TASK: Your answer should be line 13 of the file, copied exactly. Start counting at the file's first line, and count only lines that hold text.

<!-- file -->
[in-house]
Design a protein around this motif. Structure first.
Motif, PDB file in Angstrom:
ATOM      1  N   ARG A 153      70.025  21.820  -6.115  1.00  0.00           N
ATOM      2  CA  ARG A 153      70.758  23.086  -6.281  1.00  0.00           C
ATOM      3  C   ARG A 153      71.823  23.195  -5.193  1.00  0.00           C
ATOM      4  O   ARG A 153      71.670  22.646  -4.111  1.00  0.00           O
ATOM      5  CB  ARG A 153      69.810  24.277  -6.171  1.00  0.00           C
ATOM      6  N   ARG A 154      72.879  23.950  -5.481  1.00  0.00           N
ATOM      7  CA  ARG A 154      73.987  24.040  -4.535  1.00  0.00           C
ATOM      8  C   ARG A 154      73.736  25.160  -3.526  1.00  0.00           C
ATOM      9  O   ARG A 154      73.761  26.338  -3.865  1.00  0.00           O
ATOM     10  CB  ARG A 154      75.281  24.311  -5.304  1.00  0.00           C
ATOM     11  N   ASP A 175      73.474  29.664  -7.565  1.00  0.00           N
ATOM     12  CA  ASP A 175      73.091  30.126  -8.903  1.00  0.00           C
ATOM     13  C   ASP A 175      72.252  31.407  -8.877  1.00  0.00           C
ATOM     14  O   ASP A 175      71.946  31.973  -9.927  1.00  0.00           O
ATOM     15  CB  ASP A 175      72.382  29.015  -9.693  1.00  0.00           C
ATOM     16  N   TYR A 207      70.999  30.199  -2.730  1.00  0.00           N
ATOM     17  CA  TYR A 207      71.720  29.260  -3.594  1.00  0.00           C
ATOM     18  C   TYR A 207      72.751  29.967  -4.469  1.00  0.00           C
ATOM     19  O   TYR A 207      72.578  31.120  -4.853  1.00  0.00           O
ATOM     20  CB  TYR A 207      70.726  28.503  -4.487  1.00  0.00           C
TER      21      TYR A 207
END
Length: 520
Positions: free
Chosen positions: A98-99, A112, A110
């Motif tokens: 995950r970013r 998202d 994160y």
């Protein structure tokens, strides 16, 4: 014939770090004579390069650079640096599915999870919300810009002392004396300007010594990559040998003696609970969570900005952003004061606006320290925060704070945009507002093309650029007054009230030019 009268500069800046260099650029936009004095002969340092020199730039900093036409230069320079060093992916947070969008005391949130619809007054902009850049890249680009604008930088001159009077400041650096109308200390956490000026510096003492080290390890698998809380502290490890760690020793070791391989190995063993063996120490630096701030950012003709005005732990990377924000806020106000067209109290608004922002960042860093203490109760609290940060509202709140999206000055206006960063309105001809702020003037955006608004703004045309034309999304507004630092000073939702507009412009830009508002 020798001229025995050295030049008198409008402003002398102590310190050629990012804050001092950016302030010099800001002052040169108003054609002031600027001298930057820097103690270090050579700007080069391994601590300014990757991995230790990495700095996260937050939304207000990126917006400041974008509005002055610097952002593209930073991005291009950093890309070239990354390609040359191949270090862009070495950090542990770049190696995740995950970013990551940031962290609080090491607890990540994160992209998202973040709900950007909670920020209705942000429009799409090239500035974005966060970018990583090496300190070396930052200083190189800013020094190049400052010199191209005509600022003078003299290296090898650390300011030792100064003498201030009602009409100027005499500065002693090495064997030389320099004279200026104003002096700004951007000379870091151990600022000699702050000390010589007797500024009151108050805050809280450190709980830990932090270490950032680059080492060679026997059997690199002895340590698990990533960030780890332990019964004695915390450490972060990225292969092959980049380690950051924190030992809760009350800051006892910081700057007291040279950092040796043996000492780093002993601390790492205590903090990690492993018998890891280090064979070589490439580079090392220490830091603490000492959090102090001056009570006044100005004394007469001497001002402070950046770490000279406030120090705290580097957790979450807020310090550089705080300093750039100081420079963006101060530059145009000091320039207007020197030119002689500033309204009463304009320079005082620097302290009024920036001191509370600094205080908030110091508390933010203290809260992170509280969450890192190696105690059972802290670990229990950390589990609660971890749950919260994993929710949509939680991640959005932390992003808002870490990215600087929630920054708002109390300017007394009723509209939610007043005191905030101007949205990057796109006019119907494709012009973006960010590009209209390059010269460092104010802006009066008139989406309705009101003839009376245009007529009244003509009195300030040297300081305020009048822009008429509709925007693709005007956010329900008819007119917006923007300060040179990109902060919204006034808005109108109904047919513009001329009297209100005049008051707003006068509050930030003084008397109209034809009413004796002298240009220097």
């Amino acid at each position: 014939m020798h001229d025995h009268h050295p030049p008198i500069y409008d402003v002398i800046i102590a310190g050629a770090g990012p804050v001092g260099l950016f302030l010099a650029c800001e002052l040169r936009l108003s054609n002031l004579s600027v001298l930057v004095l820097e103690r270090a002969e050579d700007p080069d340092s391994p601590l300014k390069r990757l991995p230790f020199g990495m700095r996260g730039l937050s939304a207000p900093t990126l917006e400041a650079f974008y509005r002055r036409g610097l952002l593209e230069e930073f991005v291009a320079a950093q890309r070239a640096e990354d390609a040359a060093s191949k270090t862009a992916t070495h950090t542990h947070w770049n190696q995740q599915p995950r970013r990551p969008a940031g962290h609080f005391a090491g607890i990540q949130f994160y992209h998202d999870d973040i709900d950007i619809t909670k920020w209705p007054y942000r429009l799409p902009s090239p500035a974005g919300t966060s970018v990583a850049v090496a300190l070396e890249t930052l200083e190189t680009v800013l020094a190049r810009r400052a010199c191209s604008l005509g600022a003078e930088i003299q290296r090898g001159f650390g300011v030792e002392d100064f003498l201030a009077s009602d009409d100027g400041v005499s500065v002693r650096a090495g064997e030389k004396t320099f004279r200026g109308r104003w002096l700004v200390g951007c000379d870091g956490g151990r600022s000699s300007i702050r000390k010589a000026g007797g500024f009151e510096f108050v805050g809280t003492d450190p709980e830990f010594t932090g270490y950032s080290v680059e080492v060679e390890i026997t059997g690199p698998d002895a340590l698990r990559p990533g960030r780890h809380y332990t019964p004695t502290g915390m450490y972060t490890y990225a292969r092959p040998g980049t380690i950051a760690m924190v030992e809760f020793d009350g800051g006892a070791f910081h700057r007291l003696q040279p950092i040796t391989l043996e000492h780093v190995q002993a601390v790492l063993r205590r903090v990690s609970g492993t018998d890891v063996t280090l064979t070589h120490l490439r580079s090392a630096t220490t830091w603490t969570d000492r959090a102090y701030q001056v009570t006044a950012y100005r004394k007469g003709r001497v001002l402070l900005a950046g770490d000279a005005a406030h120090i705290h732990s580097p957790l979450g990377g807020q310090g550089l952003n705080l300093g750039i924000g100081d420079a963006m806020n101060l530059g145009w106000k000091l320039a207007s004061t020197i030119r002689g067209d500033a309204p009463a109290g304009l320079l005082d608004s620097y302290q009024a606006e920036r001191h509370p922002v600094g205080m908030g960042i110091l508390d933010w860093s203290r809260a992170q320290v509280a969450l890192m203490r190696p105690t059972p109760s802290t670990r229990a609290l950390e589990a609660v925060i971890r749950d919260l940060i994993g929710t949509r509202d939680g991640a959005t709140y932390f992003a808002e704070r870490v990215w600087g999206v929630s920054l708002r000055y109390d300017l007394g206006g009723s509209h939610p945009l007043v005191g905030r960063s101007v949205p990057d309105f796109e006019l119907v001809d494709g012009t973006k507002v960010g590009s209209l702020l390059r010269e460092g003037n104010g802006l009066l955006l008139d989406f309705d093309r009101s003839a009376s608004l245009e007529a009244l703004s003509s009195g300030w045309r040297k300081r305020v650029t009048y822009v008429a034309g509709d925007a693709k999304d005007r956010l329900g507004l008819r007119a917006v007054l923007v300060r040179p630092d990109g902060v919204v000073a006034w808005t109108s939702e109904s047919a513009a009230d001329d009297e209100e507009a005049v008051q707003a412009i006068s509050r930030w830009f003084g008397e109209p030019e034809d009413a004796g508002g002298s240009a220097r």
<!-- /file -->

ATOM     10  CB  ARG A 154      75.281  24.311  -5.304  1.00  0.00           C